Category: topSource: businessinsider15 hr. 0 min. ago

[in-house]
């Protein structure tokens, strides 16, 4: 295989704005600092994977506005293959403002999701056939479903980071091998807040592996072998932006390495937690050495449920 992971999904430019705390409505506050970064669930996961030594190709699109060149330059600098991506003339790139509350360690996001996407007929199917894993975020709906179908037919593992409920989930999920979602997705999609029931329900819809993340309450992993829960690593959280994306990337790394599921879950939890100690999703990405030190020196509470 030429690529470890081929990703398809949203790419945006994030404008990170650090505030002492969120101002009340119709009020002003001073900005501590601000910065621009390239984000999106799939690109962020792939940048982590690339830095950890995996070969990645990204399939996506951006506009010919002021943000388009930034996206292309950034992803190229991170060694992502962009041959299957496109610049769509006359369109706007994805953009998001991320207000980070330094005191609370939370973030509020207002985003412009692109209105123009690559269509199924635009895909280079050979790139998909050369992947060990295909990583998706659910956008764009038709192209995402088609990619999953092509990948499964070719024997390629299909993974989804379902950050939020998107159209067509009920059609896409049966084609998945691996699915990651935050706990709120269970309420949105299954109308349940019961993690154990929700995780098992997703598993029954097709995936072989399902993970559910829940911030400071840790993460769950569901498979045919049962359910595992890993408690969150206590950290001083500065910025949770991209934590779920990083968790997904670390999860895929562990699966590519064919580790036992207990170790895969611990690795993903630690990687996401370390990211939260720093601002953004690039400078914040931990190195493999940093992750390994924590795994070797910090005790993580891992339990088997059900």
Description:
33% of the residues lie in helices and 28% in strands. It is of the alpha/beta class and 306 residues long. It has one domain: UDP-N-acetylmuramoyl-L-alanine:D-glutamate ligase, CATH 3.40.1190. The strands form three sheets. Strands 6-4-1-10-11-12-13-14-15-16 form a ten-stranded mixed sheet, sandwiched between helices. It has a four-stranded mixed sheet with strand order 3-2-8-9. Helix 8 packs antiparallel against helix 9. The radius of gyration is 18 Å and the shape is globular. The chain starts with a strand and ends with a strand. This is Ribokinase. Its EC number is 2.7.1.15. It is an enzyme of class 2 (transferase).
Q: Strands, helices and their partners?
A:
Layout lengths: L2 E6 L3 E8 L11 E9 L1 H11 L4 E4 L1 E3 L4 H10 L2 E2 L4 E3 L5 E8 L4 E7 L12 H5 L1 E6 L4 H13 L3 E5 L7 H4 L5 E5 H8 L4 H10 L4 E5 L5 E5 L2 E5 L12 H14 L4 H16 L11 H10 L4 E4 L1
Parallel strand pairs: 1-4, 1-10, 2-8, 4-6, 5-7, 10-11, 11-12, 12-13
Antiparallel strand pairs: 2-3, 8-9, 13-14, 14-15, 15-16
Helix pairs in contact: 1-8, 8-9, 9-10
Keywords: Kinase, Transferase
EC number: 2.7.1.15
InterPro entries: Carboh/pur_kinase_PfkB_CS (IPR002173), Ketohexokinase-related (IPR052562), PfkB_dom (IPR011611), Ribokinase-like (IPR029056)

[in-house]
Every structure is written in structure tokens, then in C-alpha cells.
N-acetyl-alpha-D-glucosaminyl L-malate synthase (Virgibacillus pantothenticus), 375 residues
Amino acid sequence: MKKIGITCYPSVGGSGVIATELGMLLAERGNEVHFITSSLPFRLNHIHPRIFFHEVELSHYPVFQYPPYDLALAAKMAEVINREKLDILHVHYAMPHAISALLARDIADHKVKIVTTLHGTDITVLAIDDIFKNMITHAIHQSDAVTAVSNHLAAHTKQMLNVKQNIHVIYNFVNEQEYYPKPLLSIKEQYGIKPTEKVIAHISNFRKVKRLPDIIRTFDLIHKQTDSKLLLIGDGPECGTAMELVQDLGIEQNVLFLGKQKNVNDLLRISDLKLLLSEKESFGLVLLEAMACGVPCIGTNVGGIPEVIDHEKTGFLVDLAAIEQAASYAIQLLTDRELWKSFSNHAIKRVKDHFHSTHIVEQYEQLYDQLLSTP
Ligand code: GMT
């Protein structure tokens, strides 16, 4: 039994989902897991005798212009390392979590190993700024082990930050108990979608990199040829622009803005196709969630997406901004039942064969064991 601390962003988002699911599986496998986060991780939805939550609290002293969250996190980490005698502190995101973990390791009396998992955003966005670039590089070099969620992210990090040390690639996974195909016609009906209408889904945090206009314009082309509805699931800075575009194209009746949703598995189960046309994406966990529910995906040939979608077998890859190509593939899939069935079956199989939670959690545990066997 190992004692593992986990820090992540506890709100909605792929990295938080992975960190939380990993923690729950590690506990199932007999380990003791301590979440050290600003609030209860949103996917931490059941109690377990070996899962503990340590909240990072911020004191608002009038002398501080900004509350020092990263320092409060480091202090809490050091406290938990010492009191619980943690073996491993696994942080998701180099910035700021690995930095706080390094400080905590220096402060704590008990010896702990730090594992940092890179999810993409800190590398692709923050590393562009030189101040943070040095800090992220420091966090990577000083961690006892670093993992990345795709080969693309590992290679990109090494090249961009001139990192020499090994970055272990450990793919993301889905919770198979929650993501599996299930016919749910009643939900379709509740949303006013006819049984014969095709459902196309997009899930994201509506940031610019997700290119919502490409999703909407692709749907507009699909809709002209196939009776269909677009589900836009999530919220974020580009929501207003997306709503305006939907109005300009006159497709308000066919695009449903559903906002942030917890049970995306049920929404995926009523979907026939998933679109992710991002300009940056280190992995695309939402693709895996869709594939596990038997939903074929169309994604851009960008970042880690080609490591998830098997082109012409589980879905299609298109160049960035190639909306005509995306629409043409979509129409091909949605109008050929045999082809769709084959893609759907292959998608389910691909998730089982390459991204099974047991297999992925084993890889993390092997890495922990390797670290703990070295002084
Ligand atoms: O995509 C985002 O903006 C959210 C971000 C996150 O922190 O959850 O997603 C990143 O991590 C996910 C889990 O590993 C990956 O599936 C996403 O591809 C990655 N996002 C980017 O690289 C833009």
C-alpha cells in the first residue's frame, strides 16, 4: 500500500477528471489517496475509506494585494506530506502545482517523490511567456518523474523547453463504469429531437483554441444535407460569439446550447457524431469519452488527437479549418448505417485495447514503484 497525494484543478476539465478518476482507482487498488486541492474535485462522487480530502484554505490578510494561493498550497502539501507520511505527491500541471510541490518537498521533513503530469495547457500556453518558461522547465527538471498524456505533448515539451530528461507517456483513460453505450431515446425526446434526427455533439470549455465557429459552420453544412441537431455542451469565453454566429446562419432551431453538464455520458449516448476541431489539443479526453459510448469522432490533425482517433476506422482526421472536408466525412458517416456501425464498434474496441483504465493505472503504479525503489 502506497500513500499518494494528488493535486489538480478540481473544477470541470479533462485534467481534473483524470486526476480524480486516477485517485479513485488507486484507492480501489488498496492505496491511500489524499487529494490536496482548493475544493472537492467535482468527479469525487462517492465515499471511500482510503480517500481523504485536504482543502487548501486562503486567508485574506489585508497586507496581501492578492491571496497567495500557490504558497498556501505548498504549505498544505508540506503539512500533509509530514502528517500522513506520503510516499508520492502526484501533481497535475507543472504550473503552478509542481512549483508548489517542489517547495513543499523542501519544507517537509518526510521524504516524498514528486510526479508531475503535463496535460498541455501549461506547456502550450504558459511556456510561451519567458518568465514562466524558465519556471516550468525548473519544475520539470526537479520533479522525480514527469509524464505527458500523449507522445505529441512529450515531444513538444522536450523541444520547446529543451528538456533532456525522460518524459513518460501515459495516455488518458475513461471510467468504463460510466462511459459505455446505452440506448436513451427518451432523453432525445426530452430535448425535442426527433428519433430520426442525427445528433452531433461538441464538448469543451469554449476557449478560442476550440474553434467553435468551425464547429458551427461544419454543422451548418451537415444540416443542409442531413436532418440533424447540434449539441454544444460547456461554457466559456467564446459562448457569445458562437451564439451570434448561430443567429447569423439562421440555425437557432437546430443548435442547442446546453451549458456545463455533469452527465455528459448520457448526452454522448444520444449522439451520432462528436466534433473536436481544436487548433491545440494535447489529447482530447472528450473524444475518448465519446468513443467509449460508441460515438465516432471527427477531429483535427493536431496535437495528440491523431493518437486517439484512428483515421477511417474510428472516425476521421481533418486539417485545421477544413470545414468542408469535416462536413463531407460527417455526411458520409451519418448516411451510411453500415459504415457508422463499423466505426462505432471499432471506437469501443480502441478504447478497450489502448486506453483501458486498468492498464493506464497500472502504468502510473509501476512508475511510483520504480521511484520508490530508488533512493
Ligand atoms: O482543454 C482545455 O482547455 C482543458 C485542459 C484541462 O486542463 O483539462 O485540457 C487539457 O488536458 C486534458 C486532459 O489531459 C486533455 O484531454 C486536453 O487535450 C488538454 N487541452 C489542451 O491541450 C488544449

I flew American Airlines to Europe for the first time during the pandemic and found it"s back to normal with bad food, uncomfortable seats, and free alcohol